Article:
Polynesians: An Oceanic People | European Explorers | Linguistic Evidence/Oral Traditions | Heyerdahl and Sharp | The Archaeological Response | Experimental Voyaging | Hokulea: The Rediscovery | Introduction
Through a multi-disciplinary effort, recently enhanced by the contributions of modern
Polynesians eager to experience their past, a picture is emerging of the development of a
seafaring culture oriented toward oceanic exploration.
An ancient Polynesian canoe. (Courtesy of Herb Kane.)
The islands scattered along the north
shore of New Guinea first drew these canoe people eastwards into the ocean. By 1500 B.C.,
these voyagers began moving east beyond New Guinea, first along the Solomon Island chain,
and then to the Banks and Vanuatu Archipelagos. As the gaps between islands grew from
tens of miles at the edge of the western Pacific to hundreds of miles along the way to
Polynesia, and then to thousands of miles in the case of voyages to the far corners of the Polynesian triangle, these oceanic
colonizers developed great double-hulled vessels capable of carrying colonists as well as all their supplies, domesticated
animals, and planting materials. As the voyages became longer, they developed a highly sophisticated navigation system based
on observations of the stars, the ocean swells, the flight patterns of birds and other natural signs to find their way over the open
ocean. And, as they moved farther away from the biotic centers of Southeast Asia and New Guinea, finding the flora and fauna
increasingly diminished, they developed a portable agricultural system, whereby the domesticated plants and animals were
carried in their canoes for transplantation on the islands they found.
Once they had reached the mid-ocean archipelagos of Fiji, Tonga, and Samoa, these seafarers - the immediate ancestors of the
Polynesians - were alone in the ocean, for only they had the canoes and navigational skills needed to push so far into the Pacific.
The gaps between islands widen greatly in the eastern Pacific and the prevailing winds become less and less favorable for sailing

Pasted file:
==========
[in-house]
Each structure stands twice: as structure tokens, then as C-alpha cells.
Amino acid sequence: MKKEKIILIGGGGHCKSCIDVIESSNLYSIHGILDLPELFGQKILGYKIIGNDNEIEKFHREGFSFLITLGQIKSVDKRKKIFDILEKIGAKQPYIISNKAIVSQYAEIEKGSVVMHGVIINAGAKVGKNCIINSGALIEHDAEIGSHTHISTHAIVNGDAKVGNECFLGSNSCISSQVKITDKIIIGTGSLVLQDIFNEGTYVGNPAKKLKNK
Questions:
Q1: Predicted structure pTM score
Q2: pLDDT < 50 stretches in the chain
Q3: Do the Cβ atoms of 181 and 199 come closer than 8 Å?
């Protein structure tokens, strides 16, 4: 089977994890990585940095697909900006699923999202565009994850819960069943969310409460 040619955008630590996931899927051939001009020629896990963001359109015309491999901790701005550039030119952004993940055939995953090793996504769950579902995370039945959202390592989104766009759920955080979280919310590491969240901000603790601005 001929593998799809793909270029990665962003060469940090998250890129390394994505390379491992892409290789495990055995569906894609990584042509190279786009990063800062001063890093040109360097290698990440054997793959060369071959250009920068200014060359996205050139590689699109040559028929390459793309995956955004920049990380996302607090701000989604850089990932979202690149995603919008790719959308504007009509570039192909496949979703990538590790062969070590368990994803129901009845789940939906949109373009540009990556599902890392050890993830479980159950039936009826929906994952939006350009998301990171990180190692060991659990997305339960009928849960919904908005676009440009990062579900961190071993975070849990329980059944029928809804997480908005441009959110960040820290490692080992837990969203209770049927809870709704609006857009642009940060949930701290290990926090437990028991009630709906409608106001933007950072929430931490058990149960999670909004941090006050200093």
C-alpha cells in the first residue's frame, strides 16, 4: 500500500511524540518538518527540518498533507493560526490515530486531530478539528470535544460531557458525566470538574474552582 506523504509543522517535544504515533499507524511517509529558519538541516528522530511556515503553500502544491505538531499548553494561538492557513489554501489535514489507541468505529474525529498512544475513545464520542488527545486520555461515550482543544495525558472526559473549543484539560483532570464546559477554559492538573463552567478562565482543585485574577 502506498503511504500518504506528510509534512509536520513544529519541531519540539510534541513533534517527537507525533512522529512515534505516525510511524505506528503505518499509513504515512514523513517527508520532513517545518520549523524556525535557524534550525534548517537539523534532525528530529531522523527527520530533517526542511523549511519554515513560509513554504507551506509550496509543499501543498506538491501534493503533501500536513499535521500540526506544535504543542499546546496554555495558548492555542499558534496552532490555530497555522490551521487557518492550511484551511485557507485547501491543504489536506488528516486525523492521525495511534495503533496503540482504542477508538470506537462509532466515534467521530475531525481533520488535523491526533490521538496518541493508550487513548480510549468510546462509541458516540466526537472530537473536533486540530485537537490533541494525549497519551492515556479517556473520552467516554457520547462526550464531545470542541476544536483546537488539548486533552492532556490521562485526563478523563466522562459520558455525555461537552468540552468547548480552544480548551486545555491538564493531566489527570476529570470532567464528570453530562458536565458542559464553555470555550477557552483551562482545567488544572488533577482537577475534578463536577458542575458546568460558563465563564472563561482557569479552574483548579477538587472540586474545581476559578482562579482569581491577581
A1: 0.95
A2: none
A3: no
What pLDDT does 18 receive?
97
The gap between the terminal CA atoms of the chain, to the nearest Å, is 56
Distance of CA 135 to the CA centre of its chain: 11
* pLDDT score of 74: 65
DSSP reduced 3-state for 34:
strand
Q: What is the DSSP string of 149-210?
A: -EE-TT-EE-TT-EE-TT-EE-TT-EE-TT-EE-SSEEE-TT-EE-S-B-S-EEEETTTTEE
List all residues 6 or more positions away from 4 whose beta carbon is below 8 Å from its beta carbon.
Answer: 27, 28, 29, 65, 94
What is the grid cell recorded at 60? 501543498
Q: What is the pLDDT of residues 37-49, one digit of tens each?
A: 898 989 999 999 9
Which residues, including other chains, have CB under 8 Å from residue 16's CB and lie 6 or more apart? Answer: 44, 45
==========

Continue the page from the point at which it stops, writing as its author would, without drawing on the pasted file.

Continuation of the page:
to the east. Nonetheless, the archaeological evidence indicates that they sailed eastward to the Cook, Society, and Marquesas
Groups, and from there crossed thousands of miles of open ocean to colonize the islands of Hawai'i in the north, Easter Island in
the southeast, and New Zealand in the southwest, thus completing settlement, by around 1000 AD, of the area we know today
as the Polynesian Triangle.
When the Southeast Asian sailors started out on their odyssey they were not yet identifiably Polynesian. Only after many years
of learning how to voyage long distances, and to survive on the high islands and atolls they found in the sea, did the
ocean-oriented Polynesian culture take on its classic form.
In addition to a highly developed sailing and navigational technology, that cullture included a uniquely oceanic world view and a
social structure well adapted to voyaging and colonization. Polynesian societies combined a strong authority structure based on
genealogical ranking that was useful for mounting long expeditions and founding island colonies.
The Voyaging Canoe
View from the rear of a replica Polynesian canoe.
The Polynesians' primary voyaging craft was the double canoe made of two hulls connected by
lashed crossbeams. The two hulls gave this craft stability and the capacity to carry heavy loads of
migrating families and all their supplies and equipment, while a central platform laid over the
crossbeams provided the needed working, living, and storage space. Sails made of matting drove
this ancient forerunner of the modern catamaran swiftly through the seas, and long steering paddles
enabled Polynesian mariners to keep it sailing on course.
A medium-size voyaging canoe 50 to 60 feet long could accomodate two dozen or so migrants, their food supplies, livestock,
and planting materials.